In paperback and for the Kindle from Amazon
In paperback from CreateSpace
As an ebook in many formats from Smashwords
In print from Barnes and Noble
For the Nook from Barnes and Noble
From Kobo
From iTunes
In paperback from Powells

At the tail end of World War II, Ranger Will McManis patrols an almost empty Upper Geyser Basin in Yellowstone National Park, V-J day and his mother’s recent death on his mind.

His grandson, five-year-old Chuck is leaving soon, too, off to his
father in faraway Denver, and school, and a brand-new life, leaving a hole hard to fill.

Change comes in so many ways, and Will thinks he knows them all.  But out there among the geysers with Chuck one last time, something happens to dwarf it all, and nothing will ever be the same again.


Ranger Will McManis didn’t know what to be, whether happy or sad or anything in between, as he clumped along the deserted trail in Yellowstone National Park’s Upper Geyser Basin making his rounds.  It would have been a crowded sunny August afternoon in a normal year.  But 1945 wasn’t a normal year by any stretch of the imagination.  Not 1945 or the three years before it.

World War II had officially ended four days ago with the capitulation of the Japanese.  Celebrations had broken out all over the country, or so they’d heard on the radio.  The war was over, and now life could get back to normal.  It would take a while, though.  Visiting national parks was still a long way down on anyone’s list of priorities, even if gasoline wasn’t still being rationed so they could get here.

But Will’s mother was gone, and Will’s life would never get back to normal.  She’d passed away on V-J day as if she’d been waiting for the war to end, even though she had no stake in the business herself.  Well, that wasn’t true.  They’d all had a stake in it, as patriotic Americans in general, and in the family members who were even now waiting their turn on the troopships headed for home in specific.  Will’s family had been one of the lucky ones.  Several of his younger relatives had been of the right age to enlist, and they’d fought and survived.  As was not the case for so many other families, everyone they loved was coming home intact and alive.

But Will’s mother would not be waiting for them.  Her only grandson had already done his stint in the first world war.  James was safely in Denver being the family anomaly.  He’d been an anomaly from the day Will and Karin had met him.  He’s a successful businessman, Will reminded himself.  Successful and happy, or he had been until Catherine died five years ago.  No one could blame him for closing himself away after his wife died in childbirth, least of all his adoptive parents.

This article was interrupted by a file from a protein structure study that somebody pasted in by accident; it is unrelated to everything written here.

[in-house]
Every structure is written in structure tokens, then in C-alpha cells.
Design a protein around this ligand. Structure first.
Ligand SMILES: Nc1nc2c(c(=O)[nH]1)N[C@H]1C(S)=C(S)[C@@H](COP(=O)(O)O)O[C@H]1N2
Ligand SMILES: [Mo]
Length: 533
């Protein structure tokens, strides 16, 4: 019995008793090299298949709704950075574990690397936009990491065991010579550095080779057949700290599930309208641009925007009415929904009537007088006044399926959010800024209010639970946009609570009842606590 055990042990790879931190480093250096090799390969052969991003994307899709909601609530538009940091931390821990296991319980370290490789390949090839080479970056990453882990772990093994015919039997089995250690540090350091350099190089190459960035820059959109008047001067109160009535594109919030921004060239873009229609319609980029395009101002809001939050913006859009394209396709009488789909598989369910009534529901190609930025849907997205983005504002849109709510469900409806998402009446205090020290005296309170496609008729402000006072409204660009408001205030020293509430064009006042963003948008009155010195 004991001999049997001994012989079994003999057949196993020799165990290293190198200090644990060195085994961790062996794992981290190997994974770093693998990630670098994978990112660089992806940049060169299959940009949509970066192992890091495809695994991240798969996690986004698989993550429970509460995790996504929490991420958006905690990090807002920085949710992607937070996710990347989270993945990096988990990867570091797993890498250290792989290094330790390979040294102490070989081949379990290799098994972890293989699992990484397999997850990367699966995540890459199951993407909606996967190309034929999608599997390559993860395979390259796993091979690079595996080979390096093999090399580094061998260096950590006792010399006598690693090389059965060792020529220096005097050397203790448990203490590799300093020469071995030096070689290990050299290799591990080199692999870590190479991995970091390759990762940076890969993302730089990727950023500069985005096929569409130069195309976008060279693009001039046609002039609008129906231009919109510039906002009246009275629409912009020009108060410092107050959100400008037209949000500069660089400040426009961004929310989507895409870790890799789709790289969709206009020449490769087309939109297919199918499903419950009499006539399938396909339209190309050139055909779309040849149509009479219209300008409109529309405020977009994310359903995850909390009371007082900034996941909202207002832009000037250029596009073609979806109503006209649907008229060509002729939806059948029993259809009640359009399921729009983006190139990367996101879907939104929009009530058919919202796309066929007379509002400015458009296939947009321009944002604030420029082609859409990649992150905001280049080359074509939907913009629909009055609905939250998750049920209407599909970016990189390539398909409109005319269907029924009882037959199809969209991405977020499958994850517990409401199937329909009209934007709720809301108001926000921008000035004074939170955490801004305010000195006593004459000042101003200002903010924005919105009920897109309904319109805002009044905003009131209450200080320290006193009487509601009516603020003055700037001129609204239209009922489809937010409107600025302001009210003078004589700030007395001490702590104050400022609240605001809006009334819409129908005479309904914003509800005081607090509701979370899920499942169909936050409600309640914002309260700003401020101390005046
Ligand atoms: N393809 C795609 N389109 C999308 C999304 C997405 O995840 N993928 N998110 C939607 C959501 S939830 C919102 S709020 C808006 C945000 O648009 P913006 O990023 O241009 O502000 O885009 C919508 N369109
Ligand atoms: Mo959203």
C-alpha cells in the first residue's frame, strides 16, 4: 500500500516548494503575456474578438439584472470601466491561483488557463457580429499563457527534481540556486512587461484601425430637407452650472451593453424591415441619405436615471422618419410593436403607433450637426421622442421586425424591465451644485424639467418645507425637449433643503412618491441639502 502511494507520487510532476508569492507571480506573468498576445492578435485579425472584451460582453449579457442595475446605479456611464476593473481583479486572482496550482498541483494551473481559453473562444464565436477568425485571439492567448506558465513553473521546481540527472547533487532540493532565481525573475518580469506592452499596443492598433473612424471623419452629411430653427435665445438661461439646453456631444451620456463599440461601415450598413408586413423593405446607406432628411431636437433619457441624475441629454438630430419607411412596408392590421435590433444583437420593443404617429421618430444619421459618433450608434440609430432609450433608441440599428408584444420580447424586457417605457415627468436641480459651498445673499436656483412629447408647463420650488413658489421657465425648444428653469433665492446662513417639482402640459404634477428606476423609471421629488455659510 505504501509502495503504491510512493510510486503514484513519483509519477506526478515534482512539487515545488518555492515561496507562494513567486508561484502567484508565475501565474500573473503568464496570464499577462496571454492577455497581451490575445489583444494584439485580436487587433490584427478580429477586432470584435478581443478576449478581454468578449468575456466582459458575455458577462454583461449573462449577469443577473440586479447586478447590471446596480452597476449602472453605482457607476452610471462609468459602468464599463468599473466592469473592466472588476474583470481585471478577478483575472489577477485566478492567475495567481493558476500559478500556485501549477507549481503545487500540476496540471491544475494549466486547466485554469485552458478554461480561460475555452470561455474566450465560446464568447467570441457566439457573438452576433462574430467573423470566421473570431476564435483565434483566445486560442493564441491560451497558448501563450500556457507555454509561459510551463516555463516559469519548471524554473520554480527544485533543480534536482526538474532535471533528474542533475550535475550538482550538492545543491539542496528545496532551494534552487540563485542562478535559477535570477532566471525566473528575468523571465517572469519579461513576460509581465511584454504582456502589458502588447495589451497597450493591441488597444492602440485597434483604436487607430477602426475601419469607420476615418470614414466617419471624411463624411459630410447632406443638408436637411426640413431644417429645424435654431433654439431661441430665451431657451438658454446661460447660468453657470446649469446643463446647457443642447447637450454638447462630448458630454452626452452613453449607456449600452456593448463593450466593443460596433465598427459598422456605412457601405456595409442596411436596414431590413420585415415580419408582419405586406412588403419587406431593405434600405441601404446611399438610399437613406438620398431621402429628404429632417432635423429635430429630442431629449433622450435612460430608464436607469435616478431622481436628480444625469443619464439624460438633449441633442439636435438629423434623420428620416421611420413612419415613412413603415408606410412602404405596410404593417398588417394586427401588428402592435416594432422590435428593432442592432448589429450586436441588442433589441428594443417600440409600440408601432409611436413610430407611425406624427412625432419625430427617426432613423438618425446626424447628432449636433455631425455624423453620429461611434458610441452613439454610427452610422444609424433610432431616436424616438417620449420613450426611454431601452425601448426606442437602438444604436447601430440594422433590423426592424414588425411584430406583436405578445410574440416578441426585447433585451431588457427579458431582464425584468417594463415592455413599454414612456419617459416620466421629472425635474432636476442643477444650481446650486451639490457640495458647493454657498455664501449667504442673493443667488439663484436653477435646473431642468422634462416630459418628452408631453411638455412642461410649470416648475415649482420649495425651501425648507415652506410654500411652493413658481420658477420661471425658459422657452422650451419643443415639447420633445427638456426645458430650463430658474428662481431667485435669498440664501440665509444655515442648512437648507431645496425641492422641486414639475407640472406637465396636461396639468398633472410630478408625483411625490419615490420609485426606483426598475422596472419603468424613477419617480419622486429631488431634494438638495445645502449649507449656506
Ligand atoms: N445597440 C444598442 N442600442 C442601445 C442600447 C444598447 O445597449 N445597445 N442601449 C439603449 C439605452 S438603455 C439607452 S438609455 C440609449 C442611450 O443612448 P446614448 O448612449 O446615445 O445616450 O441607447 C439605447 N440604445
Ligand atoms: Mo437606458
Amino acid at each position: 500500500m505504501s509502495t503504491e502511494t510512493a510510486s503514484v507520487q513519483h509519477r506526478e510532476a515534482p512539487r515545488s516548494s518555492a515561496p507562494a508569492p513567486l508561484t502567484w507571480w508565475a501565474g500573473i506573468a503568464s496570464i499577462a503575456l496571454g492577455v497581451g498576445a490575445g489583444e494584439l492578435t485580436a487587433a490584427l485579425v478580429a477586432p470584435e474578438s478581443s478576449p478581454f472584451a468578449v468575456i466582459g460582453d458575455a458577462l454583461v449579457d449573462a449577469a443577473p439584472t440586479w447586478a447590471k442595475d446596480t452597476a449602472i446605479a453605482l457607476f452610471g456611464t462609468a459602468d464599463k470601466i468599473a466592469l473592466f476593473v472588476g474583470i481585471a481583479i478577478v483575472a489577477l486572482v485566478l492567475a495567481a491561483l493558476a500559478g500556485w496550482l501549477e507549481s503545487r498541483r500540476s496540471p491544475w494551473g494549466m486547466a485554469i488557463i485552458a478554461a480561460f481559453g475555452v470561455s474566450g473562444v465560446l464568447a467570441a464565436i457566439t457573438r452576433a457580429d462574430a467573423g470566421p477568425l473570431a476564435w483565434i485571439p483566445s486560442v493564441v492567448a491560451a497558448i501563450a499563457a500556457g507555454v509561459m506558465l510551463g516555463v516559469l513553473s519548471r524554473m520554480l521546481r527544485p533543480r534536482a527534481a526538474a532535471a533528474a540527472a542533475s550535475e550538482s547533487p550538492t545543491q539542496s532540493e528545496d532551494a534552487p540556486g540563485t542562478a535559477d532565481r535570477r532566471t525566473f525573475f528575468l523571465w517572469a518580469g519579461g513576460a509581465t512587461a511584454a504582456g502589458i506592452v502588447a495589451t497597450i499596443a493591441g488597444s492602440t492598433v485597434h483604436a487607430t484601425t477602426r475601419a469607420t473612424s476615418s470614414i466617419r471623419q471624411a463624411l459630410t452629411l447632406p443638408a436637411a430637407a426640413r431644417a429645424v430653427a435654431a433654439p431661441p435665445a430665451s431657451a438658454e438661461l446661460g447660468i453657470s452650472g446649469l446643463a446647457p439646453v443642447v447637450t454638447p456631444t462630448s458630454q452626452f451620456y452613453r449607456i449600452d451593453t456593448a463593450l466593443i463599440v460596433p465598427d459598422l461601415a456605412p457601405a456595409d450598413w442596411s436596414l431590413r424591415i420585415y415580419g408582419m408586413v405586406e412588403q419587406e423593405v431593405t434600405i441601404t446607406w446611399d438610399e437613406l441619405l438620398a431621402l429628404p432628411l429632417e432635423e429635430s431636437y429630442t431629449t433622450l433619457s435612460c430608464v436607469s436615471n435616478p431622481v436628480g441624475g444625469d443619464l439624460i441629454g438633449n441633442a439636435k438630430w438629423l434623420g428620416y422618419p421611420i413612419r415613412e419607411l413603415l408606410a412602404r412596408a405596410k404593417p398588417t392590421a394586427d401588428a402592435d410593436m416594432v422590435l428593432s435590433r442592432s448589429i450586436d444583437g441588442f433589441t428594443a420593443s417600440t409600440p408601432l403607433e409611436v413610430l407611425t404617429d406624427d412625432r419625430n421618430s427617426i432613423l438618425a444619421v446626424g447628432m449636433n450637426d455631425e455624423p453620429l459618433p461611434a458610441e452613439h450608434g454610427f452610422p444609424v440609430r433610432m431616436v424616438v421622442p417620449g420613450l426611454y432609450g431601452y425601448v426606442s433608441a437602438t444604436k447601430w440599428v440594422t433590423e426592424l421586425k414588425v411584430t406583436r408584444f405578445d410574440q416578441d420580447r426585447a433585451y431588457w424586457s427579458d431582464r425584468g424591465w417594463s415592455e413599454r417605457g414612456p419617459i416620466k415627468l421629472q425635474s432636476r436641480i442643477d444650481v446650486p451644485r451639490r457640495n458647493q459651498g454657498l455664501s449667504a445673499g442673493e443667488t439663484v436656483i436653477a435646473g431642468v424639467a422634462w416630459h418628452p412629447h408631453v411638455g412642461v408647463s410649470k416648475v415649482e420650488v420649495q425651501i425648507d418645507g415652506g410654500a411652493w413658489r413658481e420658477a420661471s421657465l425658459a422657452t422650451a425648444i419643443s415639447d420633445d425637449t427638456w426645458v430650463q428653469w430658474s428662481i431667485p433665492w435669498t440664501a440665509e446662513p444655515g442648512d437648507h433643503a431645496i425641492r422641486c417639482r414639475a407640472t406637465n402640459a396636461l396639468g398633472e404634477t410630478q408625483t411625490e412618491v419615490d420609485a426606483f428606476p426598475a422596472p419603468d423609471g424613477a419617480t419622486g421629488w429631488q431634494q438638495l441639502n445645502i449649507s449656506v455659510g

It had been too much like Karin’s second miscarriage, only worse.  Will and James had almost  lost her right here in the winterkeeper’s quarters at the Old Faithful Inn thirty-odd years ago.  But by the grace of God she’d lived in spite of the winter isolation of the Upper Geyser Basin in the old days.

He hadn’t realized how much the awful experience had affected then fifteen-year-old James, but the boy, odd at the best of times, had never been the same.  Will hadn’t, either.  But her near-death hadn’t changed Will completely the way it had James.  James’s wife’s death had been too much like what had almost happened to James’s beloved mother, only worse.  James had even shut himself away from the only light to come from the tragedy.

That light was bouncing down the trail towards Will this very moment, even as Will was thinking about how much James had missed by cutting himself off from his only child up until now.  James’s five-year-old son, Charles Patrick McManis, familiarly called Chuck, was named after his paternal great-grandfather.  Chuck was an unmitigated joy, if one of the most mischievous children Will had ever had the pleasure to meet.

Will shook himself, trying to throw his morbid mood off like his father’s heavy old coat, and held out his arms as Chuck barreled into him.

“Granddad!  Granddad!”

Will swung his grandson’s little body up onto his shoulders with a grunt.  “You’re getting heavy, boy.  What’s Grandmother been feeding you this morning, rocks?”

The child laughed, the sound bright as a bell.  However, welcome as the boy’s presence was, and Will realized that he did welcome him in spite of the need he’d thought he’d had to be alone this morning, Chuck shouldn’t be out here by himself.  Will tilted his head around to eye Chuck’s deceptively innocent-looking face.  “Where is your grandmother?  Does she know you’re out here?”

Will already knew the answer to that one.  No, she didn’t, because she’d have never allowed the boy out here alone.  If they’d developed one iron-clad rule since Chuck learned to walk, it was “Never, ever, ever, go anywhere by yourself.”  It was simply too dangerous in this place, in too many ways.  The open space in front of their quarters was as far as the boy was allowed to go alone, and even then Karin kept a sharp eye on him.

Chuck scowled.  “She said wait a minute and I’ll take you.  She said it five times.”

Will seriously doubted that.  He should have taken Chuck with him this morning.  He almost always did.  With the park all but closed down for the duration of the war, he was mostly a glorified watchman.  Only a couple of dozen rangers were scattered across the park after the rest of them had either enlisted, been drafted, or were simply let go as a low priority during wartime.  The few left behind were only here because they’d refused to leave.